Mergers and Takeovers

Capital & Counties head office, Threadneedle Street, London, 1918.

Capital & Counties head office, Threadneedle Street, London, 1918.

The period during and immediately after the war saw a major restructure of the British banking system.

A number of mergers and takeovers took place, creating ever-larger banks. Lloyds led several of these, culminating in the acquisition of Capital & Counties Bank, in 1918. This was a takeover on a scale not seen before, a ‘merger of giant with giant’.  Lloyds gained an additional 473 branches – more than doubling its existing number.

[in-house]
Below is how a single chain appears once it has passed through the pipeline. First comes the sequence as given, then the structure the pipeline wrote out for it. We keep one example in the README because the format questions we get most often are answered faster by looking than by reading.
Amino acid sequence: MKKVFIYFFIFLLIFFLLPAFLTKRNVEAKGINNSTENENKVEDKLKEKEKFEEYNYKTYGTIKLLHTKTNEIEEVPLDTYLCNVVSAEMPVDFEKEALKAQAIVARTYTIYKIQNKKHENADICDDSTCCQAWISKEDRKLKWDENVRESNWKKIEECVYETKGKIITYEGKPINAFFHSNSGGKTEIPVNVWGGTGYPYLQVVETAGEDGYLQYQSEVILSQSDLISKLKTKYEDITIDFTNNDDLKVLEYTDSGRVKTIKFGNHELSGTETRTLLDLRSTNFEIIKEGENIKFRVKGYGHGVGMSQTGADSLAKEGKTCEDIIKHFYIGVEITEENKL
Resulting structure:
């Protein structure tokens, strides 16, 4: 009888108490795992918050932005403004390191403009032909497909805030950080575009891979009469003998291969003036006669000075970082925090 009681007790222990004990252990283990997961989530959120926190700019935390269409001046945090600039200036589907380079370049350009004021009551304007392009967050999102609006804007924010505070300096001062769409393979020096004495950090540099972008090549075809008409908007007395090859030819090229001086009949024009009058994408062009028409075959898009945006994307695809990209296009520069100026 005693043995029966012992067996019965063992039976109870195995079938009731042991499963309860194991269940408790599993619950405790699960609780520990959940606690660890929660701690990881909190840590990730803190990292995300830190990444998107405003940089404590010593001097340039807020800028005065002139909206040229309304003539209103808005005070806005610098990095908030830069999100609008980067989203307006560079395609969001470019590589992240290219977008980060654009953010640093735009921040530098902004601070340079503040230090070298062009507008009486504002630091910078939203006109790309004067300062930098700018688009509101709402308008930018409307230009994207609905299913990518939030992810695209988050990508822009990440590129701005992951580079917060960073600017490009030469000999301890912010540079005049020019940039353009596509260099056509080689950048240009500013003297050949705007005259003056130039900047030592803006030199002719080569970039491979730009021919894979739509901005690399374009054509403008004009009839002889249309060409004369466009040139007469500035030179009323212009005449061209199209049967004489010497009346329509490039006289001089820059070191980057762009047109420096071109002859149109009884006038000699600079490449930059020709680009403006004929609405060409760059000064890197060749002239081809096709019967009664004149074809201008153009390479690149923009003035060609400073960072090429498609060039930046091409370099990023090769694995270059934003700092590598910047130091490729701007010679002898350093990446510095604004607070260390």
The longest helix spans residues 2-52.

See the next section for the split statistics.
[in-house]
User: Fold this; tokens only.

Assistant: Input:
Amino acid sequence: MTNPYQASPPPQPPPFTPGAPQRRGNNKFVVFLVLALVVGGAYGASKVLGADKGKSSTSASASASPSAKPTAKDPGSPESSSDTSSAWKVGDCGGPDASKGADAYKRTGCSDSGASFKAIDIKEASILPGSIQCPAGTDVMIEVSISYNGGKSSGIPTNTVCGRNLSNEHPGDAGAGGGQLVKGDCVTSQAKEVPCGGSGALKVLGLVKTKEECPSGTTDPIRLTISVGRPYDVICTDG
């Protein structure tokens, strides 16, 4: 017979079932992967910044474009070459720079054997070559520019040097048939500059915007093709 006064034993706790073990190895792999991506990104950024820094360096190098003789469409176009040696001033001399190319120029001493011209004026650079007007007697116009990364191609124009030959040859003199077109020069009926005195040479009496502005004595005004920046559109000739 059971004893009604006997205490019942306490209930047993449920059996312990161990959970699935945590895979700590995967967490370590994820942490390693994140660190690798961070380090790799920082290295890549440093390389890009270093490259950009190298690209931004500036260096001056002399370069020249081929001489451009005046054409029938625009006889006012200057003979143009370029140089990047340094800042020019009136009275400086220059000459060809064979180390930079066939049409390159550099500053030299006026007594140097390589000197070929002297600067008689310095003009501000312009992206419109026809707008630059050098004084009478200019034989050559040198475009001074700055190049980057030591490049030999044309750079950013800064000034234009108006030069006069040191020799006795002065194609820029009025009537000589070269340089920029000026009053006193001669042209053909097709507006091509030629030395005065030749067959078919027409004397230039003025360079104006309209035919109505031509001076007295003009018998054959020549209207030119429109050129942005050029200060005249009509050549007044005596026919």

The photograph shows Capital & Counties’ head office at Threadneedle Street, in the City of London. At the time of the merger, 130 staff worked here in six different departments.

Over the next few years, Lloyds absorbed three more companies: West Yorkshire Bank in 1919; Fox, Fowler & Co. in 1921; and Cox & Co. in 1923.

Still essentially a local bank in the mid 19th century, Lloyds was now a national financial institution.

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